EasyJet’s push to lower maintenance-unit costs even as its fleet age climbs is going far beyond re-tendering of contracts to include investing in new technologies—and some already are paying dividends.

The airline is nearing the end of an 18-month process to re-tender 95% of its maintenance contracts, exploring options such as foregoing deals with MRO service aggregators and going directly to component manufacturers to cut costs and boost efficiency. The carrier also is creating some of its own opportunities—including one that’s already paying significant dividends.

Leaving no area unexplored in its quest to shave costs, the airline targeted engine blade replacement. General wear plus frequent events such as bird strikes and foreign object debris damage mean blade swaps are common. The CFM International CFM56s that power EasyJet’s 226 Airbus A320-family aircraft each have 36 fan blades, and the carrier kept about 200 spare blades in reserve. That, notes EasyJet Head of Engineering Ian Davies, equates to more than $8 million in spares, as the list price for one new titanium blade is $41,000.

The spare-blade demand was driven both by the need to replace a damaged blade and the practice of swapping the blade directly opposite the engine fan hub so that the fan would remain in balance. EasyJet teamed up with Polish software company Output42 to develop software that tracks blade moment weights and calculates the most efficient way to keep a fan in balance as part of the repair. The process factors in swapping blades on the engine as well as pulling the optimal parts from the nearest spares stock.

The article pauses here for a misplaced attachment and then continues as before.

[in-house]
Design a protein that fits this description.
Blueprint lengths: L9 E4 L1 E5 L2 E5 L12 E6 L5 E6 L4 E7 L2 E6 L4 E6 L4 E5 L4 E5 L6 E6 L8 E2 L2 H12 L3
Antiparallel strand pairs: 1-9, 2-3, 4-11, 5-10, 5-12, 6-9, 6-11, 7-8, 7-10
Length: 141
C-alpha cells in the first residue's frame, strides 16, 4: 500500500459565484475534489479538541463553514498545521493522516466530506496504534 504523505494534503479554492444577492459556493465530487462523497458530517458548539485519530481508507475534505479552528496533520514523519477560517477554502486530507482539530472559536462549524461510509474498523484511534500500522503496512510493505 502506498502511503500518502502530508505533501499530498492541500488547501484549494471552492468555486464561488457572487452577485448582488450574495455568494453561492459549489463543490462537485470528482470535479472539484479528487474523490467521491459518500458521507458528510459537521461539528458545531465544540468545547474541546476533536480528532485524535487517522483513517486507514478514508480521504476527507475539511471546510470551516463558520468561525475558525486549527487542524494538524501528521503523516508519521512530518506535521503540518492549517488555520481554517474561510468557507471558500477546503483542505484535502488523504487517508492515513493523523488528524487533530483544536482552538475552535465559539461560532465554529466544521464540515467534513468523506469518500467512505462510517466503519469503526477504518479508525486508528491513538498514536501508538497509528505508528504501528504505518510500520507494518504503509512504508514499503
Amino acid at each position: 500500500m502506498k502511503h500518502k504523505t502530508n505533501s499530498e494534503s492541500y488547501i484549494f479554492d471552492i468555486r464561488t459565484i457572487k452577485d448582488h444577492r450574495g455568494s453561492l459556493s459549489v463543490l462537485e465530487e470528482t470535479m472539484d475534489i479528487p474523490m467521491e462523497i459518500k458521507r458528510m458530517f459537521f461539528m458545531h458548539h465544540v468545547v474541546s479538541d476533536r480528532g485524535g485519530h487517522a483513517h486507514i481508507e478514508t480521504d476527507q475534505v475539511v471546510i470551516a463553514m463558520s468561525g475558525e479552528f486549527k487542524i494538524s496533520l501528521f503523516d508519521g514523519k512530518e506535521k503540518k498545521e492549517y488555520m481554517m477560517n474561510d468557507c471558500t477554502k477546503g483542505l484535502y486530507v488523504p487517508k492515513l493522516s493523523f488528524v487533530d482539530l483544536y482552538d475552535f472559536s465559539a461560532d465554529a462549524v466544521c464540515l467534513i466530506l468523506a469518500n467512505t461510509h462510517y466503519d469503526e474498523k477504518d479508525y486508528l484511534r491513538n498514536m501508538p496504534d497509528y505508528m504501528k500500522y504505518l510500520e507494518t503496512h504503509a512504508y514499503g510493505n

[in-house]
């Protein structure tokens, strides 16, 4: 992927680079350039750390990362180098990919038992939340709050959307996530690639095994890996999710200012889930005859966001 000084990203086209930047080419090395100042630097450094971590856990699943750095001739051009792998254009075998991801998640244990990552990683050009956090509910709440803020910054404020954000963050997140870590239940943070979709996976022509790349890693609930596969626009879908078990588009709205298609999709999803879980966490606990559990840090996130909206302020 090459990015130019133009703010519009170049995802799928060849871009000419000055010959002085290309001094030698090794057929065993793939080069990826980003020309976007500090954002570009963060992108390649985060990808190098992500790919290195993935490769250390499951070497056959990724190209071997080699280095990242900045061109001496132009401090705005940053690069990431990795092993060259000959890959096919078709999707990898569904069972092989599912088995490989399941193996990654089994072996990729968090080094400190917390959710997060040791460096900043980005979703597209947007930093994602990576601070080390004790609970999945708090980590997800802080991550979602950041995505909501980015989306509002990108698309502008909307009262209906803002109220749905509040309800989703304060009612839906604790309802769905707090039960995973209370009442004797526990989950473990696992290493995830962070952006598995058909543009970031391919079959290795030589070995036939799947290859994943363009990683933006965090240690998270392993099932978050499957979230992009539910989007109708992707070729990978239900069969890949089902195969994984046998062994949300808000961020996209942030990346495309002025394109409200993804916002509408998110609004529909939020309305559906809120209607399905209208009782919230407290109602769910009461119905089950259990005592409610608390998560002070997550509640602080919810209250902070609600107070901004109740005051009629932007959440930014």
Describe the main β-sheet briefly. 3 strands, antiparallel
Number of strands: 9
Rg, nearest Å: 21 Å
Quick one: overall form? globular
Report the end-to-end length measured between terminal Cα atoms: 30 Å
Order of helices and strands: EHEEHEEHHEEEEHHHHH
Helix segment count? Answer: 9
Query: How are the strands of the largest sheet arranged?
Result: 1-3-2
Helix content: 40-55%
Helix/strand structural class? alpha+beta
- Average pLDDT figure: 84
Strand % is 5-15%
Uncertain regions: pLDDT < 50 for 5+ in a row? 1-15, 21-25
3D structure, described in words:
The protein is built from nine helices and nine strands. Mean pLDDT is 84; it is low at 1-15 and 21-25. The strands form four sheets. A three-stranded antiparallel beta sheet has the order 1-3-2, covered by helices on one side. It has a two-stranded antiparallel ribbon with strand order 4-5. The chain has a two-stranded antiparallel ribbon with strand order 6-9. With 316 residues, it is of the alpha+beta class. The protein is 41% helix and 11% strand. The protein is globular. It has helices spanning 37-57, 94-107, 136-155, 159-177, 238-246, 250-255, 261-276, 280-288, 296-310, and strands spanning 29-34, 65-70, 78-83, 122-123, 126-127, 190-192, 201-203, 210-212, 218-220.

Rolled out earlier this year, the BladeFix app—which Davies says cost EasyJet €15,000 (about $20,000) to develop—is helping the carrier’s bottom line. Briefing analysts during the carrier’s recent investor day, Davies says the carrier now stocks 25% fewer blades, shaving $2 million out of its spares budget in the process. BladeFix also cuts down on labor and repair costs by helping technicians make decisions faster and eliminating some previously needed repairs.

BladeFix is one of several technology-related efforts in which EasyJet is investing to lower maintenance costs. The carrier also is using unmanned aerial systems (UAS) to inspect aircraft for exterior damage (Aviation DAILY, May 8). The technology projects are a small part of EasyJet’s effort to keep maintenance costs in check as its fleet ages ahead of deliveries of next-generation Airbus A320neos

The carrier’s maintenance costs declined 2.9% in its 2014 fiscal year, which ended Sept. 30—a dip that executives credited to a one-off benefit from its most recent order of CFM56-5Bs, announced in September. Factoring that out, there were cost increases resulting from increase in average fleet age, which went from 5.1 years to 5.8 years,” EasyJet CFO Chris Kennedy explained, and they are expected to rise again in 2015.

But efforts like the technology advancements and more significant moves to revamp its airframe and engine maintenance contracts as well as increase the number of larger capacity A320s should lead to lower unit costs by 2020, even as the average fleet age creeps up.

Davies says one of the ancillary benefits of more automation, through efforts like the use of BladeFix and UASs, is a reduction in manpower. The carrier’s maintenance-staffing headcount sits at 0.6 per aircraft, and Davies says one near-term goal is to bring that down to 0.55.